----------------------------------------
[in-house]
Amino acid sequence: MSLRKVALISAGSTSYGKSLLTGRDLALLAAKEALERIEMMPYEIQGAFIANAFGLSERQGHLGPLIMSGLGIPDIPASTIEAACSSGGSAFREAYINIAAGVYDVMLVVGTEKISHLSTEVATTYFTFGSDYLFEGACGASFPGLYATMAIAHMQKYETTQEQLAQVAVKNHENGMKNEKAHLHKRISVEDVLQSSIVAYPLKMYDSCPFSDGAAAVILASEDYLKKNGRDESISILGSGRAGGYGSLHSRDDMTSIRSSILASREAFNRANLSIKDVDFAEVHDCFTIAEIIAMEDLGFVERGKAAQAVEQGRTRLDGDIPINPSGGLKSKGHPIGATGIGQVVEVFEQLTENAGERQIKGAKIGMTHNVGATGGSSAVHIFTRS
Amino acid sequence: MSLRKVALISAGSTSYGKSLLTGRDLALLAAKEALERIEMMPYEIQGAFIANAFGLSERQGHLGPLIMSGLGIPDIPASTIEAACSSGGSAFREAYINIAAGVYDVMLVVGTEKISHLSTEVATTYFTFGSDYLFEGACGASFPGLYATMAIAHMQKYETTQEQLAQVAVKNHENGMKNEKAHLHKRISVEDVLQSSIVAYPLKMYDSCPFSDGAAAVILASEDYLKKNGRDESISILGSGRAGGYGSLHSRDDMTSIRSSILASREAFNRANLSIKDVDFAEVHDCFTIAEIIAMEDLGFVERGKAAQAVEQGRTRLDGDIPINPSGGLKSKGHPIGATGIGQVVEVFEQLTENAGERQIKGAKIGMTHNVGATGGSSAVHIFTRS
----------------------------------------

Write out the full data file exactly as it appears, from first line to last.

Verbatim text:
[in-house]
Amino acid sequence: MSLRKVALISAGSTSYGKSLLTGRDLALLAAKEALERIEMMPYEIQGAFIANAFGLSERQGHLGPLIMSGLGIPDIPASTIEAACSSGGSAFREAYINIAAGVYDVMLVVGTEKISHLSTEVATTYFTFGSDYLFEGACGASFPGLYATMAIAHMQKYETTQEQLAQVAVKNHENGMKNEKAHLHKRISVEDVLQSSIVAYPLKMYDSCPFSDGAAAVILASEDYLKKNGRDESISILGSGRAGGYGSLHSRDDMTSIRSSILASREAFNRANLSIKDVDFAEVHDCFTIAEIIAMEDLGFVERGKAAQAVEQGRTRLDGDIPINPSGGLKSKGHPIGATGIGQVVEVFEQLTENAGERQIKGAKIGMTHNVGATGGSSAVHIFTRS
Amino acid sequence: MSLRKVALISAGSTSYGKSLLTGRDLALLAAKEALERIEMMPYEIQGAFIANAFGLSERQGHLGPLIMSGLGIPDIPASTIEAACSSGGSAFREAYINIAAGVYDVMLVVGTEKISHLSTEVATTYFTFGSDYLFEGACGASFPGLYATMAIAHMQKYETTQEQLAQVAVKNHENGMKNEKAHLHKRISVEDVLQSSIVAYPLKMYDSCPFSDGAAAVILASEDYLKKNGRDESISILGSGRAGGYGSLHSRDDMTSIRSSILASREAFNRANLSIKDVDFAEVHDCFTIAEIIAMEDLGFVERGKAAQAVEQGRTRLDGDIPINPSGGLKSKGHPIGATGIGQVVEVFEQLTENAGERQIKGAKIGMTHNVGATGGSSAVHIFTRS